FERNANDO DE LUCIA: The Complete Gramophone Company Recordings 1902–1909 • Fernando de Lucia (ten); Celestina Boninsegna, Josefina Huguet, Maria Galvany, Angela De Angelis (sop); Antonio Pini-Corsi, Ernesto Badini (bar); various pianists; various conductors;various orchestras • MARSTON 54004–2 (4 CDs: 316:50)
Arias, duets, and songs by: TOSTI, VERDI, ROSSINI, GIORDANO, DI GIACOMO, PUCCINI, COTTRAU, MASSENET, MASCAGNI, BALDELLI, BIZET, COSTA, WAGNER, DENZA, DONIZETTI, CILEA, GOUNOD, THOMAS, MOZART, BELLINI,Read more BARTHÉLEMY, DE CURTIS, GAMBARDELLA, RICCIARDI, MEYERBEER, BOITO, LEONCAVALLO
The 1890s were years of transition for Italian operatic music, and for its singers as well. Save for Verdi, the composers who had dominated the latter half of the century—Mercadante, Ponchielli, Petrella, Gomes (Italian in training), Lauro Rossi, and Federico Ricci, among others, including several musicians of the primo ottocento—were slowly fading out of public view. A new generation arose who paid less attention to earlier musical forms, and the strict prosody of its verse. They also took frequently as their subjects the sensational side of Romantic Realism (so popular in novels and on stage); increasing levels of size and sophistication in many Italian operatic orchestras; and the larger opera houses that were being built. All this led naturally to the development of a different kind of singer, one that emphasized volume, brilliancy of tone, and emoting over agility, and subtlety of phrasing.
Recordings made in the subsequent decade catch these changes just after the cusp. Several of the old guard remained, but most up and coming singers of the Italian repertoire either adopted to or were trained in this new style. Fernando de Lucia (1860–1925) is a pivotal figure among recording artists of the time because though already middle-aged, he retained his singing method, all of his voice (if not his full, youthful range up to high C), his old-fashioned stylistic proclivities—and last but hardly least, because he recorded roughly 300 sides.
Had this been all, it would be enough, but de Lucia was also a vocal artist of the highest order. He didn’t merely sing the music. He interpreted it according to a tradition that made color and phrasing the servants of the work. The tenor has been repeatedly accused of going far beyond what’s necessary in this regard, and even his strongest supporters acknowledge that on some of his records, the technique takes precedence over the material. But few enthusiasts of vintage opera singers will argue with the statement that his technique was extraordinary, and that he could and often did use it with exceptional taste.
His “Ecco ridente” from Il barbiere, recorded in 1908, is a case in point. When I first encountered this performance over 45 years ago, it came as a revelation. Other, more recent tenors I’d heard—and at the time, Luigi Alva, Nicola Monti, and especially Cesare Valletti were thought the best Almavivas—sang the aria smoothly, gracefully, but left little impression. You waited eagerly for Figaro’s first appearance in the opera. (I wasn’t as yet aware of what Kozlovsky had done with the role in the 1950s in the Soviet Union.) De Lucia makes it a serenade of aspiring seduction, by turns caressing, ardent, and commanding—all by varying colors, ornamentation, volume, intensity, and tempo. The numerous diminuendos are perfect, but they never seem out of place, nor do they overstay their leave. The runs of the second section are immaculate, each note distinct, the entire thing sung with a playfulness and ease that remain impressive today; even given the remarkable crop of tenors in our current Rossini revival whom de Lucia still surpasses in charm. (Ironically, it was precisely in this kind of music that British critics severely criticized him. They preferred his Canio and Rudolfo, but Mediterraneans who retained a fond memory of the older style never lost their affection for the tenor.)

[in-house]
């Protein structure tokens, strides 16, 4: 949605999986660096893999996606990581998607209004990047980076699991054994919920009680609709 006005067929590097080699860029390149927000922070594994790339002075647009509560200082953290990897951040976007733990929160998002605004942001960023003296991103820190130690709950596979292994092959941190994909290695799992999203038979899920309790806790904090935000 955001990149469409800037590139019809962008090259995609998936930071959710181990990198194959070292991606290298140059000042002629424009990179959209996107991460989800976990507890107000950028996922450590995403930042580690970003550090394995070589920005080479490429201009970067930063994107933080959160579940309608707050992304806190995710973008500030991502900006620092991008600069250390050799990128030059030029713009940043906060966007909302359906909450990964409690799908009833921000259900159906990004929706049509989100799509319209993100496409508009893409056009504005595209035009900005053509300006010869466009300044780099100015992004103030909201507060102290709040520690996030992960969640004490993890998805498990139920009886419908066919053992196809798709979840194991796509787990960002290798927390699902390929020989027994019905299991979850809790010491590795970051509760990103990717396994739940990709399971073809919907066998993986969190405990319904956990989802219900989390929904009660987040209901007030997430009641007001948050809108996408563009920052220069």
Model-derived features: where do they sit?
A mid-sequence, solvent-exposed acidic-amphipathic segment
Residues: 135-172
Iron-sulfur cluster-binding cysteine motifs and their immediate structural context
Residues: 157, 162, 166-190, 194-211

One matter of concern for modern listeners, however, is de Lucia’s flicker vibrato. It comes across strongly on discs, though the question remains open about how much of it was perceived in the very different aural perspective of the opera house. (John Steane once wrote of a fan of another great singer with a flicker vibrato, Conchita Supervia, who preferred scratchy, “unscrubbed” recordings of hers to the deticked kind, because the vibrato, as covered by the scratches, more closely resembled when he heard her live on stage.) Michael Aspinall’s excellent liner notes discuss why de Lucia used a flicker vibrato at all, but comes to no conclusions. A number of his contemporaries, and modern singers as well, display this feature, though de Lucia’s flicker is strong. It’s an acquired taste, but one I acquired early in life.
A second area of concern is that of pitch. Up through much of the 1920s there was no standard speed applied during the recording process, and variations as great as 55 rpm to 90 rpm on records that were nominally 78 rpm disks were common. On top of that, de Lucia found his high B and C unreliable by the mid-1890s, and often transposed to avoid them. (Nor was he alone in this. It was a common practice at the time, and orchestras were expected to transpose on sight after being told the singers’ requirements.) No method has been discovered to determine exactly when de Lucia did that and if so, how far, on nearly all his records, nor what speed they were recorded at. Aspinall notes that he and Marston were guided in this collection mostly by the sound of the vowels, and they also agreed that usually the recording speed remained constant throughout a given engineering session. Much guesswork is still involved, but the results in my opinion beat out the other solutions I’ve heard ever since I began collecting LPs of de Lucia in the late 1960s—and certainly beat out my own fledgling efforts at tape editing and speed alteration at the time.